Why Does Iowa Have A $1.24 Billion Surplus?
Gov. Kim Reynolds announced Monday that Iowa ended the fiscal year with an extra $1.24 billion, the largest surplus in Iowa history.
“This surplus proves we accomplished exactly what we set out to do — overcome the financial challenges caused by the global pandemic and invest in education, workforce, healthcare, agriculture and technology,” Reynolds said in a statement.
This year’s budget surplus is more than four times higher than the budget surplus in fiscal year 2020. Republicans praised conservative budgeting practices and tax revenues for the excess funding, while Democrats pointed to federal COVID-19 funds.
Here’s a look at why Iowa has so much additional money this year, and what will happen with the funds next.
Why does Iowa have $1.24 billion money left over?
At its most basic level, a surplus occurs when the state takes in more money than it needs to spend or refund to taxpayers. Iowa has recorded a surplus for several years in a row: Fiscal year 2020 ended with $305.5 million left over. The year before, the state had a surplus of $289 million.
But like everything else in our lives, the COVID-19 pandemic complicated the situation.
Fiscal year 2021 began in July 2020 and ended in June 2021. That time period includes most of the COVID-19 pandemic, including several stimulus payments and other federal programs for states.
Ultimately, Iowa brought in $737 million more than analysts expected. Explanations for the sharp increase varied among state government officials.
Reynolds’ spokesperson Alex Murphy put it simply in a Monday email: “Tax receipts came in strong, particularly in sales tax and corporate tax.”
Sen. Tim Kraayenbrink, R-Fort Dodge, credited conservative spending practices for the overall health of Iowa’s economy. He also noted that higher tax revenues in fiscal year 2021 could be explained by federal stimulus payments and the Paycheck Protection Program.
“People were spending that money,” said Kraayenbrink, who serves as chair of the Appropriations Committee. “If you look at our revenue, one of the biggest areas was sales tax.”
Tax revenue was 11.7 percent higher in the past 12 months than it was from August 2019 to August 2020, according to a report by the nonpartisan Legislative Services Agency (LSA). Sales tax revenue grew by 26.7 percent in the same time period.
The LSA attributes the growth to “the low level of economic activity that occurred during the initial months of the COVID-19 pandemic that began in early calendar year 2020, combined with a recent surge in consumer spending financed through pent-up demand and federal stimulus payments.”
Democrat Rep. Chris Hall, the ranking member of the House Appropriations Committee, instead pointed to federal COVID-19 funds that went directly to the state government, potentially enabling the state to allocate fewer state funds.
Hall said that Revenue Estimating Conference meetings earlier in the year revealed that “Iowa’s economy, as well as our state budget, are in a stable position wholly thanks to the support of federal dollars coming into the state.”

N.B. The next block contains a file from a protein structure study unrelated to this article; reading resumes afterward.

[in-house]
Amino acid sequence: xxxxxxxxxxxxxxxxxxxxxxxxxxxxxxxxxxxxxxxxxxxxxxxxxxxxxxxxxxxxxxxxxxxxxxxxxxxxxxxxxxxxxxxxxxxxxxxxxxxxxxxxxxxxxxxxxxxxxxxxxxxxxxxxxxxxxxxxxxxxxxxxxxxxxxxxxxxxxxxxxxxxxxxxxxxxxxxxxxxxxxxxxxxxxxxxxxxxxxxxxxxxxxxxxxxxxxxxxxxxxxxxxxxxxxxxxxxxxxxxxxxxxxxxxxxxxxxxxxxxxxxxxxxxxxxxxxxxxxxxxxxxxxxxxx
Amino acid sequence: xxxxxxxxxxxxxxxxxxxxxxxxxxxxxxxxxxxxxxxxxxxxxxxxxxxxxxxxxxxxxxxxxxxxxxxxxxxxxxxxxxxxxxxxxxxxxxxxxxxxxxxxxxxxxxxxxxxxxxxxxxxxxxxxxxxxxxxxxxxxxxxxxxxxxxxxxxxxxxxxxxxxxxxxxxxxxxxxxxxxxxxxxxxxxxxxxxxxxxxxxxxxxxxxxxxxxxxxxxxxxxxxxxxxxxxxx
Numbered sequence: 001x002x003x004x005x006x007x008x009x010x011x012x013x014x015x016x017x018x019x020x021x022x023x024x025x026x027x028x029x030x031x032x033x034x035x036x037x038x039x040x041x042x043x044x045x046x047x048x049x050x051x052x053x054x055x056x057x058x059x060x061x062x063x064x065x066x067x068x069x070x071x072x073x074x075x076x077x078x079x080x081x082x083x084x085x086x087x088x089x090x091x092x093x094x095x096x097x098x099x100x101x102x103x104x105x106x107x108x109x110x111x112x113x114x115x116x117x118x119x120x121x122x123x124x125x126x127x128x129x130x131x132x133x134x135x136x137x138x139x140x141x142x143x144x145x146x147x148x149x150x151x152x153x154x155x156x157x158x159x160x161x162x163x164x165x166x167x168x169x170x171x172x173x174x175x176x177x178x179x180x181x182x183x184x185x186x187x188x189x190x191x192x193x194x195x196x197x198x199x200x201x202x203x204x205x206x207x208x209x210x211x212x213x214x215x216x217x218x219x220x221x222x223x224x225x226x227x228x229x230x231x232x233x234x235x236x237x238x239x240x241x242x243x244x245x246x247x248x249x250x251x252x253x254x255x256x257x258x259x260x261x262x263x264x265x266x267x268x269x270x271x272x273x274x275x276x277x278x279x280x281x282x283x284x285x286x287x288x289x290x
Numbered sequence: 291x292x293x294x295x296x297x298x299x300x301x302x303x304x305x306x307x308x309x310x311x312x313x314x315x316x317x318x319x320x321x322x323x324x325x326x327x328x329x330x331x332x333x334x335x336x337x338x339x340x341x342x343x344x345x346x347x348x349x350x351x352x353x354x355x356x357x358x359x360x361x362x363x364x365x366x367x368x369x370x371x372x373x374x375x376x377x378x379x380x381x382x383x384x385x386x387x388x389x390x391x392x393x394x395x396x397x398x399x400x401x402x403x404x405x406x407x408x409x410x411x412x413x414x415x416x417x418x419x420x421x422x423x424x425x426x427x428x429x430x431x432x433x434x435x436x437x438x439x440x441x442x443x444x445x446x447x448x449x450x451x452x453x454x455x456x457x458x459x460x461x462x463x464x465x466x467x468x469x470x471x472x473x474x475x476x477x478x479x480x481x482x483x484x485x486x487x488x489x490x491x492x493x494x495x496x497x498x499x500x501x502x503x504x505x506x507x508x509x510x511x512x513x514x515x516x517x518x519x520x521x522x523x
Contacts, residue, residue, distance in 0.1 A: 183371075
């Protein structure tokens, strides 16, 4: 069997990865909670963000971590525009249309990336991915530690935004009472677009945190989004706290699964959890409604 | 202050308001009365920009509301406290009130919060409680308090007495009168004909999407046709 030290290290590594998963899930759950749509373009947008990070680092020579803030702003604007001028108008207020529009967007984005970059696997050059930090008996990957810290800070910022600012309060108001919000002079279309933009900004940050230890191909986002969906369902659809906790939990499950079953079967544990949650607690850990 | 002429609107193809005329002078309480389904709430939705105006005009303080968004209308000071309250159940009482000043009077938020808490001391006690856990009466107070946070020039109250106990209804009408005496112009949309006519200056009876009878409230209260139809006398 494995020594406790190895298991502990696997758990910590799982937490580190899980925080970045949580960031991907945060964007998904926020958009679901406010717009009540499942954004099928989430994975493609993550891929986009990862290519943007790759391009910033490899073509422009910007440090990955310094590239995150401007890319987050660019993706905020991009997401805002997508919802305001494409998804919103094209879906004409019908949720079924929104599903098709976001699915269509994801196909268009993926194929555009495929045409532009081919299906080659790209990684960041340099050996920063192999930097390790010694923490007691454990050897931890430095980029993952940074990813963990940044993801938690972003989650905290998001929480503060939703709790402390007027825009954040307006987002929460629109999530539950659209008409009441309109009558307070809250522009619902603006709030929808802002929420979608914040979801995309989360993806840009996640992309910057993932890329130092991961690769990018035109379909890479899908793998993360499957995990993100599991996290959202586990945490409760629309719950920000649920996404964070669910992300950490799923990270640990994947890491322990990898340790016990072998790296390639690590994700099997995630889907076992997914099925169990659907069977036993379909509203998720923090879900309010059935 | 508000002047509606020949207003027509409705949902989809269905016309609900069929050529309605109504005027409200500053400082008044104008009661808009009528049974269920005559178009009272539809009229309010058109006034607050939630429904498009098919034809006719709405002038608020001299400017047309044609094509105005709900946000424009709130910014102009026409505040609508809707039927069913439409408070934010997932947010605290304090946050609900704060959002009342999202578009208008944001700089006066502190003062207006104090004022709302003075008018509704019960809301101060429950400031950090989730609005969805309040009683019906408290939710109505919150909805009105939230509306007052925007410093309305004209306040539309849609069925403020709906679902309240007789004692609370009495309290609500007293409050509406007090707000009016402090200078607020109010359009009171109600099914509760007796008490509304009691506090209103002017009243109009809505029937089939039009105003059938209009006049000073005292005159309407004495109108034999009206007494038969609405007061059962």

Kraayenbrink disagreed, arguing that the federal funds went primarily toward new expenses for the state, like purchasing protective equipment, cleaning or COVID testing. He said individual spending of the stimulus money and other funds made a larger difference to the state’s bottom line.
What happens with the surplus money?
The majority of the extra money — $963.1 million — will go toward the Taxpayer Relief Fund. The money can only be used to fund tax-relief policies, including reducing the income tax rate.
Another $42 million will go into the state’s reserves. Iowa law requires that the state set aside 10 percent of its annual budget in two reserve funds: the Cash Reserve Fund (7.5 percent of the overall budget) and the Economic Emergency Fund (2.5 percent). With this year’s addition, the state will have $816.8 million set aside for emergencies.
That leaves $233 million for lawmakers to use in fiscal year 2022.
How will lawmakers use the surplus money?
The final $233 million of the surplus will be eligible for lawmakers to use in fiscal year 2022.
Hall, D-Sioux City, identified several areas where he believes the state could be spending more money, such as K-12 education or programs to attract new residents to Iowa.
“We know that to be competitive for years into the future, we need to invest in quality of life,” Hall said. “We need to invest in the things that will help communities continue to hold their population and hopefully grow.”
But Republicans have a trifecta in state government, occupying the governor’s office and controlling both the House and Senate, and they are likely to focus on passing more tax cuts. Kraayenbrink said it’s a fundamental, philosophical difference between Iowa Republicans and Democrats.
“Republicans feel that if the money is in the hands of the taxpayer, the state will benefit and the businesses will benefit more than making a larger government and the government spending that money,” he said.
Do you have questions about the state budget? Email Katie Akin at email@example.com.
This article was republished from Iowa Capital Dispatch.